Ohly first started writing songs when he was 18-years-old, so relatively speaking, not that long ago. But he’d grown up in a very musical family, where at least everyone in the household could play some kind of instrument. His parents were even part of a traveling choir group before he was born. Ohly, himself, sang in choirs and played the piano at a young age. But just as he was entering high school, he switched over to guitar and then eventually picked up the banjo. From a young age, he’d been quite taken with the collection of contemporary folk-pop and Americana-fusion artists of the early 2010s. From Avett Brothers to the Head and the Heart, he would play covers of both of these bands, and more artists from that subgenre, as he learned his way on the guitar through high school.
“I just started with a few chords and thought up some melodies,” he said, referring to his freshman year of college when he dove into songwriting. “I had seven songs by the end of that year, and then started recording them for the EP. Those songs definitely gave me a better understanding of writing and what other instruments you can add. I recorded that EP with John Katona and he was all for real instruments and organic sounds. I loved parts where there were just orchestral strings or booming piano chords. So I asked if we could try a song with strings and he said, ‘Alright, let’s find a violinist!’ It was cool not to have those limitations—and he knew how to make it sound good.”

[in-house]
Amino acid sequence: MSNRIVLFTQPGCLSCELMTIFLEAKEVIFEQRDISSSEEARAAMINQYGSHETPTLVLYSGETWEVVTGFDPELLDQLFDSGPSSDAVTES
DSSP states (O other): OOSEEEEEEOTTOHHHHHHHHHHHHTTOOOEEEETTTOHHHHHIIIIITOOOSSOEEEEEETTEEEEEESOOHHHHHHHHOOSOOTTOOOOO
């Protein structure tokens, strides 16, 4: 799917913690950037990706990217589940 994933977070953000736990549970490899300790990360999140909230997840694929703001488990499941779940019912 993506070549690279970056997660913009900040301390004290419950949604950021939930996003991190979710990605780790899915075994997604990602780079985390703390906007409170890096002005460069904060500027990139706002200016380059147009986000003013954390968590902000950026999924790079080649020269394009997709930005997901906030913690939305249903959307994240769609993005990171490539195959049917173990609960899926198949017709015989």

All the Instruments
Landlines features accompaniments from a cello, piano, violin, electric guitar, clarinet, drums, bass, and acoustic guitar — and it all usually starts just with that acoustic guitar (from Ohly), or maybe a piano — dreaming up with the basic structure and then carefully figuring out what to layer on top to make it more impactful and dynamic.
But it always comes back to the words. “I was listening to a lot of Frontier Ruckus during this new album,” said Ohly. “And (FR lead singer/lyricist) Matthew Milia does something similar where there’s so much detail loaded into one sentence and it’s all very visual. When I was recording the first EP, John, the producer, said ‘Why don’t you try to SHOW how you feel instead of SAYING how you feel…’” Thus, when you are listening to an Ohly song, he truly paints a picture and zeros in on the most minute of details. Then, he renders the subtle life lessons or emotional takeaways from whatever seemingly small occurrences he’s capturing in song-form.
“If I can show people part of the memory that made me feel a certain way, it might stand out and hit them a certain way.” Rather than over elaborating on a particular emotion, Ohly prefers to just reflect on a snapshot — setting you, the listener, in the scene, in the environment, and providing key details that are visceral on their own, but still letting you color in the rest of the picture for yourself.